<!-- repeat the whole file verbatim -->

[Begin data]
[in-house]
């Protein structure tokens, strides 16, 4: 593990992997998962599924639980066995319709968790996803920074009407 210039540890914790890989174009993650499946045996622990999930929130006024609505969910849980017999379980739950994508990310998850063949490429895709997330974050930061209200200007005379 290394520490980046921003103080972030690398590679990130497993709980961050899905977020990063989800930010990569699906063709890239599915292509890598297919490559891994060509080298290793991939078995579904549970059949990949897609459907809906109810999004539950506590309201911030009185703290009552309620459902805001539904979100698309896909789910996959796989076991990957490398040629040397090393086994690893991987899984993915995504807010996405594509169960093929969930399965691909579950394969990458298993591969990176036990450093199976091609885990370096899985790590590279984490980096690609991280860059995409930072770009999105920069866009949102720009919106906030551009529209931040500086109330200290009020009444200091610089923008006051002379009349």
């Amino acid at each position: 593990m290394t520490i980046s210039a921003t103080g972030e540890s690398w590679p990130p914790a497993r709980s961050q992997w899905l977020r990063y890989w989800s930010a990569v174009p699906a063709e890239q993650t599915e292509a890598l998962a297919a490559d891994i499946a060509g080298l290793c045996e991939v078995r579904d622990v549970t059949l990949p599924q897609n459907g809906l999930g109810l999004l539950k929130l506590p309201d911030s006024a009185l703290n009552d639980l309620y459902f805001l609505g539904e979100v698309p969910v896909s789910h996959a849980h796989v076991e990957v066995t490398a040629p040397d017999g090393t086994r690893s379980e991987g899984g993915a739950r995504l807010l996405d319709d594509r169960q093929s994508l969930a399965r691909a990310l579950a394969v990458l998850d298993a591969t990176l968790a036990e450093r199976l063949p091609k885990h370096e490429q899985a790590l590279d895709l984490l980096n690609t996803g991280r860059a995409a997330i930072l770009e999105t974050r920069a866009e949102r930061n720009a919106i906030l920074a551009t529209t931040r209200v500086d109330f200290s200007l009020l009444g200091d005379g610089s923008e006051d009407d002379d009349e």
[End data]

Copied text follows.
[in-house]
């Protein structure tokens, strides 16, 4: 593990992997998962599924639980066995319709968790996803920074009407 210039540890914790890989174009993650499946045996622990999930929130006024609505969910849980017999379980739950994508990310998850063949490429895709997330974050930061209200200007005379 290394520490980046921003103080972030690398590679990130497993709980961050899905977020990063989800930010990569699906063709890239599915292509890598297919490559891994060509080298290793991939078995579904549970059949990949897609459907809906109810999004539950506590309201911030009185703290009552309620459902805001539904979100698309896909789910996959796989076991990957490398040629040397090393086994690893991987899984993915995504807010996405594509169960093929969930399965691909579950394969990458298993591969990176036990450093199976091609885990370096899985790590590279984490980096690609991280860059995409930072770009999105920069866009949102720009919106906030551009529209931040500086109330200290009020009444200091610089923008006051002379009349």
């Amino acid at each position: 593990m290394t520490i980046s210039a921003t103080g972030e540890s690398w590679p990130p914790a497993r709980s961050q992997w899905l977020r990063y890989w989800s930010a990569v174009p699906a063709e890239q993650t599915e292509a890598l998962a297919a490559d891994i499946a060509g080298l290793c045996e991939v078995r579904d622990v549970t059949l990949p599924q897609n459907g809906l999930g109810l999004l539950k929130l506590p309201d911030s006024a009185l703290n009552d639980l309620y459902f805001l609505g539904e979100v698309p969910v896909s789910h996959a849980h796989v076991e990957v066995t490398a040629p040397d017999g090393t086994r690893s379980e991987g899984g993915a739950r995504l807010l996405d319709d594509r169960q093929s994508l969930a399965r691909a990310l579950a394969v990458l998850d298993a591969t990176l968790a036990e450093r199976l063949p091609k885990h370096e490429q899985a790590l590279d895709l984490l980096n690609t996803g991280r860059a995409a997330i930072l770009e999105t974050r920069a866009e949102r930061n720009a919106i906030l920074a551009t529209t931040r209200v500086d109330f200290s200007l009020l009444g200091d005379g610089s923008e006051d009407d002379d009349e």